While China has been open about the situation, unlike the SARS outbreak, global shares still declined. Chinese stocks experienced the greatest decline in over 8 months. Ned Rumpeltin, European head of currency strategy at TD Securities, said, “Ultimately, the coronavirus is a slow-burning but important story for markets that is likely to last for months rather than just a few days.”

As a comparison, China saw a year-over-year decline of 45% in tourism with the SARS outbreak. The International Air Transport Association (IATA) estimated that Chine lost approximately 1% of its GDP due to the SARS outbreak.

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  • Yuan experiences biggest loss in 25 years
  • Beijing considers measures to mitigate the issues caused by U.S. – China trade war

Biggest loss recorded

Since the beginning of August, the Yuan has dropped by 3.9%, making it the most significant loss since 1994, when the country adopted the current exchange rate regime.

The decline was sparked by increasing tensions between the United States and China in trade negotiations. Further indications that the economy is slowing down along with strong expectations that additional easing will take place have also added pressure to the yuan.

Dariusz Kowalczyk of Credit Agricole stated that the situation will continue to deteriorate for China and the world if there is no clear sign of progress in the negotiations. According to Kowalczyk, the yuan could weaken to as much as 7.3 to the U.S. dollar.

Tuesday saw the People’s Bank of China set the yuan’s daily reference rate at a level that’s higher than expected for the fifth day in a row. If the yuan doesn’t strengthen, it could result in capital outflow and further weakness, which could lead to instability.

Yuan drops to a new 11-year low against the USD

Friday saw the Chinese government and President Donald Trump volley threats of more tariffs at each other. This led to the yuan dropping to a new 11-year low at the beginning of the week.

According to strategists from the Bank of America Merrill Lynch, the People’s Bank of China might allow the currency to weaken further to counteract the tariffs. It is believed the yuan could be allowed to drop to 7.5 by the end of 2019.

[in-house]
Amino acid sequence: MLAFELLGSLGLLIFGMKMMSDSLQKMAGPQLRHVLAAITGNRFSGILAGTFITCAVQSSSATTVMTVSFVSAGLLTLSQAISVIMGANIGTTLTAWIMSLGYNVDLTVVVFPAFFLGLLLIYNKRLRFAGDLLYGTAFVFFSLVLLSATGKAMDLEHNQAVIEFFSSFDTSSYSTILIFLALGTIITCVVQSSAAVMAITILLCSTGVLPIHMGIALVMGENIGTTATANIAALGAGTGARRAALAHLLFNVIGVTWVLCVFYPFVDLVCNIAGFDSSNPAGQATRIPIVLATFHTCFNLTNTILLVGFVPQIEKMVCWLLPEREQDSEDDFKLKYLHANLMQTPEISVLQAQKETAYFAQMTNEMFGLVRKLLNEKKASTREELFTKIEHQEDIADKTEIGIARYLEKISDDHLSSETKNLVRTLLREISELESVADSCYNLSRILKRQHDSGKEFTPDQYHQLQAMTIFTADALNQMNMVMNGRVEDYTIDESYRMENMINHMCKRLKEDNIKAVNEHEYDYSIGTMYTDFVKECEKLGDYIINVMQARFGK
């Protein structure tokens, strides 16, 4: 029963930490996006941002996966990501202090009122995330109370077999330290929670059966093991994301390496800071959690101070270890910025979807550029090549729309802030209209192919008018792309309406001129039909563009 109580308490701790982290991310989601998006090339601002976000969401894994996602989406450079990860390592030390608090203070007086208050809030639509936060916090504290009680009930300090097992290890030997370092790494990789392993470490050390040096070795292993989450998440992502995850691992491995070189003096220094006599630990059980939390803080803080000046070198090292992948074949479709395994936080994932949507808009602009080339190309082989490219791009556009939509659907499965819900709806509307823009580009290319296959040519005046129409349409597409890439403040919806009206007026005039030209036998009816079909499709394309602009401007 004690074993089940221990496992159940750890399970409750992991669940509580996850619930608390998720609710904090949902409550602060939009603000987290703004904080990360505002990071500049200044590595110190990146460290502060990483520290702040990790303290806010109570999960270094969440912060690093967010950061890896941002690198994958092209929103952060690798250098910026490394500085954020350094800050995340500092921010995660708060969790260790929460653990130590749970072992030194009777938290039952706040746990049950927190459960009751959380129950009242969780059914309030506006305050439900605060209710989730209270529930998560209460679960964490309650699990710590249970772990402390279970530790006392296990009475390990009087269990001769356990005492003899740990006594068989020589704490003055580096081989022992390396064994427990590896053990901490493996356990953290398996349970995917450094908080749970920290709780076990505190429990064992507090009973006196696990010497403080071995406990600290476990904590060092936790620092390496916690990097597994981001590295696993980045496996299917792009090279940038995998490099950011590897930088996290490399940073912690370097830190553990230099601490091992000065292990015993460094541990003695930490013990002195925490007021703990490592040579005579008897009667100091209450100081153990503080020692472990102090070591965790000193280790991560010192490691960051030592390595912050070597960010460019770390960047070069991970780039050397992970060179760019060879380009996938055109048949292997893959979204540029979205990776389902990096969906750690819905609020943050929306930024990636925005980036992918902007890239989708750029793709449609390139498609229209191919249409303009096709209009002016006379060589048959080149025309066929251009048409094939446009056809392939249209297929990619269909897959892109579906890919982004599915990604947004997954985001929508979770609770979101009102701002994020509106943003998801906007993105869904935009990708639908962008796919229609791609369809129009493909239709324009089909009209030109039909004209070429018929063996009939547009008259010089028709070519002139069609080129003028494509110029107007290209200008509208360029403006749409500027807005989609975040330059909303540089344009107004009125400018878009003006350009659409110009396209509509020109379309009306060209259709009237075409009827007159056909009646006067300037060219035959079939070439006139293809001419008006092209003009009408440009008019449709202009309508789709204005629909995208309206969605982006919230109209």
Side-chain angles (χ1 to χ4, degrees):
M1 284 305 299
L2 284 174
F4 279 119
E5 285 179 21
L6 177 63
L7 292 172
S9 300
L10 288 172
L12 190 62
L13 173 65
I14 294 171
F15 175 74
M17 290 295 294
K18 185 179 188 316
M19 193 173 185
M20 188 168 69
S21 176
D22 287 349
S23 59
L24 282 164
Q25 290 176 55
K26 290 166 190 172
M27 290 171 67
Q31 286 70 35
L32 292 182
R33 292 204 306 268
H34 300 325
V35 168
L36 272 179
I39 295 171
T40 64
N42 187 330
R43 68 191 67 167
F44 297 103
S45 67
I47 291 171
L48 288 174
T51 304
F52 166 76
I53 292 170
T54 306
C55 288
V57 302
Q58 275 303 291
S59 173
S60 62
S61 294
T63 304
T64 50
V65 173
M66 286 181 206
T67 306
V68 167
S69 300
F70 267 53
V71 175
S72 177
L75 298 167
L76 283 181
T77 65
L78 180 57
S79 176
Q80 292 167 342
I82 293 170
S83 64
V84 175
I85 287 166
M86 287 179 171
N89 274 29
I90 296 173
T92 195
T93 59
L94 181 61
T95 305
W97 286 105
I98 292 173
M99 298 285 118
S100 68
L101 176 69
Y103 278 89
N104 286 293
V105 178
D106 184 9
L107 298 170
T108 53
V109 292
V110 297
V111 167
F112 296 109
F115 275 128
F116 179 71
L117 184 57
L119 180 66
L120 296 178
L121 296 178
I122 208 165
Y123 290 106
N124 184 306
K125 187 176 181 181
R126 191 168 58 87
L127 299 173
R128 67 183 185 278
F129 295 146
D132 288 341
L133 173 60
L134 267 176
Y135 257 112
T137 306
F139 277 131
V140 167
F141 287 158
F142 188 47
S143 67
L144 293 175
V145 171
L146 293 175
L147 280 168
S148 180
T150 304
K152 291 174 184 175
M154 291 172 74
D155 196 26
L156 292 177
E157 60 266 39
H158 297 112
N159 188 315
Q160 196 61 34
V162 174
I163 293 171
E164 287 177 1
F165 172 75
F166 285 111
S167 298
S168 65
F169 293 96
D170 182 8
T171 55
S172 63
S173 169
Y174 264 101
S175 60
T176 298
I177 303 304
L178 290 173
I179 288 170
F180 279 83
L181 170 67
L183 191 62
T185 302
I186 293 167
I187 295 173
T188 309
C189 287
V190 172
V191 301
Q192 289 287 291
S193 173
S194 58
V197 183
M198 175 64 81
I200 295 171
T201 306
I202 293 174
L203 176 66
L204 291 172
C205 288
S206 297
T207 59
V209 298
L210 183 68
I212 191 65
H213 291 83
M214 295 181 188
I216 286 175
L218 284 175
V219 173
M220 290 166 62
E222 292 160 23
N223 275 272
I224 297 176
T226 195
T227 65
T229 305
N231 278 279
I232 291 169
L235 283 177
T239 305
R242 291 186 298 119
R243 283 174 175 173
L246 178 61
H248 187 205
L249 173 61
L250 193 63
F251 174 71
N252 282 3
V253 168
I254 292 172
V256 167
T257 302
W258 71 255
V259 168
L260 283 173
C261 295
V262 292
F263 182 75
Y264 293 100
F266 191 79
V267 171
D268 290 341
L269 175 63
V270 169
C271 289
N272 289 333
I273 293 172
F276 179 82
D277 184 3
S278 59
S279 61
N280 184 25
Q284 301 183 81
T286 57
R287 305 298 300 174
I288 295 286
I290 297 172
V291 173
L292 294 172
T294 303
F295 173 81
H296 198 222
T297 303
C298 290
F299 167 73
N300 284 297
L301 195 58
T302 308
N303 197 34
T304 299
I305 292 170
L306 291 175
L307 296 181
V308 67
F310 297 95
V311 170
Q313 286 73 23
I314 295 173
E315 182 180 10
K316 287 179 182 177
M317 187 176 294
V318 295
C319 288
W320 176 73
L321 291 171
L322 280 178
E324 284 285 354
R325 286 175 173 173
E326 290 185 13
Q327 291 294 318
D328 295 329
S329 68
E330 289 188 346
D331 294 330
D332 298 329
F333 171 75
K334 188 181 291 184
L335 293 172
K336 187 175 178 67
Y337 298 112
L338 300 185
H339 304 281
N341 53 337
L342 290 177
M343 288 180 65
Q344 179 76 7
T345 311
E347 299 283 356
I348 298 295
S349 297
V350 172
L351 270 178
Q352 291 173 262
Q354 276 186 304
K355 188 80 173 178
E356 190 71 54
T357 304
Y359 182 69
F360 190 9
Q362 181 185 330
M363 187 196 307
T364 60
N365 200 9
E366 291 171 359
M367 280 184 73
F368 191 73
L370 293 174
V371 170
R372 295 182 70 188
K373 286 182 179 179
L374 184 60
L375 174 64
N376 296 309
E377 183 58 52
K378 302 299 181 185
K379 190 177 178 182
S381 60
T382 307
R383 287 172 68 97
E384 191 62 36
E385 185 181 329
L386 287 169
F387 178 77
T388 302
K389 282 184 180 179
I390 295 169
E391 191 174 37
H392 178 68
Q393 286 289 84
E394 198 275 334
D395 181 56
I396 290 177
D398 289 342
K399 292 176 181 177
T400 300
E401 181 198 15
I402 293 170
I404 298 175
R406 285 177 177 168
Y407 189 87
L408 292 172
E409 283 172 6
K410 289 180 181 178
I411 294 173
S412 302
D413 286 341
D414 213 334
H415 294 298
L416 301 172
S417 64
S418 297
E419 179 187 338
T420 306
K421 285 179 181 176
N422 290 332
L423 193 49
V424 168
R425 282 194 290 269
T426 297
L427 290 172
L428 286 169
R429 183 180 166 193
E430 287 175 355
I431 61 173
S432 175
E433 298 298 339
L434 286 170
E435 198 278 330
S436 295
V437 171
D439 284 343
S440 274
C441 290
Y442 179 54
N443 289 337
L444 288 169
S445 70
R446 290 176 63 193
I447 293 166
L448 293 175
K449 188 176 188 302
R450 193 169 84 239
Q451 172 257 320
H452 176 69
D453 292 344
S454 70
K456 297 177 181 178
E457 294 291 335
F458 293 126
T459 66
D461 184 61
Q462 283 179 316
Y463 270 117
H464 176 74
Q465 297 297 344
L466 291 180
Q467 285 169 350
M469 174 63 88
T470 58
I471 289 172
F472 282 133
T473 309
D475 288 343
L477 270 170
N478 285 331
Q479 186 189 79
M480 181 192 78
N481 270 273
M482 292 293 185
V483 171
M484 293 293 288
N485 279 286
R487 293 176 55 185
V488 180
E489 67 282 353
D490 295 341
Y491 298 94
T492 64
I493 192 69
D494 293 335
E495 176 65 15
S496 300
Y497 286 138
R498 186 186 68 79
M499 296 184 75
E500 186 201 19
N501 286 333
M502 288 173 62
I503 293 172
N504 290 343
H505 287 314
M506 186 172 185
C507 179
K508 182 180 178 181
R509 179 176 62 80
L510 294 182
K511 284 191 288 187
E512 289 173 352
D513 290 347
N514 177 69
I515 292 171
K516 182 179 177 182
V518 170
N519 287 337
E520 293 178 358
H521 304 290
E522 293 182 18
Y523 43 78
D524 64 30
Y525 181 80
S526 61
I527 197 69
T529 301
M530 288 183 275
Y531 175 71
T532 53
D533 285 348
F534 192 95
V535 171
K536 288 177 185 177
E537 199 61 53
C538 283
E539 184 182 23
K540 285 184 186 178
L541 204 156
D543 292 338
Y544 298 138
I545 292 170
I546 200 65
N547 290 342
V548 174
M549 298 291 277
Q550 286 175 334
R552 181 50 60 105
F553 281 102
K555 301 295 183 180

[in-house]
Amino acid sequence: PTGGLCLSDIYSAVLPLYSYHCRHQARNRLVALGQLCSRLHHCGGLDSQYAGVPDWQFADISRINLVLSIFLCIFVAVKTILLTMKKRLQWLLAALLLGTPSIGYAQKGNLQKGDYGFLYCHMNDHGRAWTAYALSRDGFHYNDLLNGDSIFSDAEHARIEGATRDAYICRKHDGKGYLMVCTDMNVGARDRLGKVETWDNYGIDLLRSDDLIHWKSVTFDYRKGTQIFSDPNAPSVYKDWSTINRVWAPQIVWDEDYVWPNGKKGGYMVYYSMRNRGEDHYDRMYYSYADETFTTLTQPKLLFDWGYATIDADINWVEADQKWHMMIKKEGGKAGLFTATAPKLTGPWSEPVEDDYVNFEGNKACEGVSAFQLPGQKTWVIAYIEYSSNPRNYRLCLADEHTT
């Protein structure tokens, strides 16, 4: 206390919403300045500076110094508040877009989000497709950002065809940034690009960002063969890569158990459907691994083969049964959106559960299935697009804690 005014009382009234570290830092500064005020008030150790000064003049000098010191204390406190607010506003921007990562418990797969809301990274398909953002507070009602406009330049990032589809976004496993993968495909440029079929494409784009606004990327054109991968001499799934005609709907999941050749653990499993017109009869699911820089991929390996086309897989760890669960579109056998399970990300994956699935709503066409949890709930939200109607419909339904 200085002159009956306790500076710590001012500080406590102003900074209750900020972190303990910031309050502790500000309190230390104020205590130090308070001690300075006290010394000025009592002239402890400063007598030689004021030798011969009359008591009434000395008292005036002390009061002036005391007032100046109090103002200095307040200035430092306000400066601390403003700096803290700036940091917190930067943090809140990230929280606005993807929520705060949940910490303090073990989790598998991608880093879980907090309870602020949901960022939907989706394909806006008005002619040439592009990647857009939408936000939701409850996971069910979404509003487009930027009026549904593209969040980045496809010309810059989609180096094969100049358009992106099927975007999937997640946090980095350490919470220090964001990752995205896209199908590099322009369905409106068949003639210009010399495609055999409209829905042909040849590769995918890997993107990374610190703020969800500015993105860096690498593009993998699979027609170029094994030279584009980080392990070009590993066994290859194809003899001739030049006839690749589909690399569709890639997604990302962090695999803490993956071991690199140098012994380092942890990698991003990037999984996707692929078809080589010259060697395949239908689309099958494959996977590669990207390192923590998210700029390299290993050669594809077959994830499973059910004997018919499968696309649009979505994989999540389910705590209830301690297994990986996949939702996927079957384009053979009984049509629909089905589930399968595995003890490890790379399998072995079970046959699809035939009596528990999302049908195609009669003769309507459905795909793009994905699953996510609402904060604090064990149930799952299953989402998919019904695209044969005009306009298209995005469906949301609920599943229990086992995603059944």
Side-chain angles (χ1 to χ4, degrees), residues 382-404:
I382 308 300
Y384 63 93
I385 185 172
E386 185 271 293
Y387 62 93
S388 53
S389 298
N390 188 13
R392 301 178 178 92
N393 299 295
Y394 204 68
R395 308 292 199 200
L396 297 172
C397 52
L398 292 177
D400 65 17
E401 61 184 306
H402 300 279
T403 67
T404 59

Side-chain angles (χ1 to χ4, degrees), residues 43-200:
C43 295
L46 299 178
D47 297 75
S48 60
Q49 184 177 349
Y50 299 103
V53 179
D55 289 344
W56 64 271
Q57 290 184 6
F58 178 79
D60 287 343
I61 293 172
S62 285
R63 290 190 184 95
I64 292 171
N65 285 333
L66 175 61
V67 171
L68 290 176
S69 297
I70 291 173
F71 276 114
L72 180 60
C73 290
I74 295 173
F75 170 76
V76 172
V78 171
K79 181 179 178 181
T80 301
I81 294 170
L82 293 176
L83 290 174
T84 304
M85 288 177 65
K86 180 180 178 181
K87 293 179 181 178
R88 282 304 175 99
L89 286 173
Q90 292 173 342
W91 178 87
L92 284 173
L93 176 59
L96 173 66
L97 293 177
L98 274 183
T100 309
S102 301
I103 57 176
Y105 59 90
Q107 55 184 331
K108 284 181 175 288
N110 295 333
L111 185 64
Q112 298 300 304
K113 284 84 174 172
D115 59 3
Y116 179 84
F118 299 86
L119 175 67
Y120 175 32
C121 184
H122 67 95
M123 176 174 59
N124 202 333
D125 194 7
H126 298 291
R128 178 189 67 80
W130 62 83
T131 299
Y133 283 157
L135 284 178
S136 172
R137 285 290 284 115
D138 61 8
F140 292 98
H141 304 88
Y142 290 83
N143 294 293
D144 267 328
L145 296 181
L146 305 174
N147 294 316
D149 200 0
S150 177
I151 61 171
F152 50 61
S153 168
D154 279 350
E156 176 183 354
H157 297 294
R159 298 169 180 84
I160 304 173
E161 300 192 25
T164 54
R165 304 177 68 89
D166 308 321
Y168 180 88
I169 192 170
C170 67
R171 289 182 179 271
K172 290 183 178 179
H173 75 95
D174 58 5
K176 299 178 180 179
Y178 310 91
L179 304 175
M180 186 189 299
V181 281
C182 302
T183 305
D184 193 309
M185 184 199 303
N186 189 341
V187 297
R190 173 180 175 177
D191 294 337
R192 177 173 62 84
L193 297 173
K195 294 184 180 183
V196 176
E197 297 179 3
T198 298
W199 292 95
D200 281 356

Tuesday saw the yuan trading at 7.1621 to the U.S. dollar, equating to a decline of 0.14%.

CFETS RMB Index hits a new 4-year low

The yuan hasn’t just weakened against the U.S. dollar, though. The CFETS RMB Index, which measures the yuan against 24 currencies from China’s main trading partners, dropped to 91.1. This is the lowest the index has been at since 2015 when it was first introduced.

Beijing indicates possible economic stimulus measures

China is feeling the effects of the trade tensions, considering their recent announcement. Beijing’s State Council stated it might implement a series of measures to boost the economy and mitigate the damage caused by the U.S. – China trade war.

One such measure is to lift restrictions on car sales that some local governments have implemented. The goal is to increase demands for new vehicles, especially considering that sales have fallen in this sector over the last year.

Other measures include renovating commercial pedestrian streets, providing more help to stadiums and shopping malls, and converting old factories into commercial complexes. They are also considering allowing restaurants and shops to stay open longer, as well as providing more help to consumers to purchase smart home appliances and electric cars on credit.

The goal is to boost growth, which declined to 6.2% per year in Q2 of 2019. However, experts feel more stimulus will be required if the situation between the U.S. and China does not improve.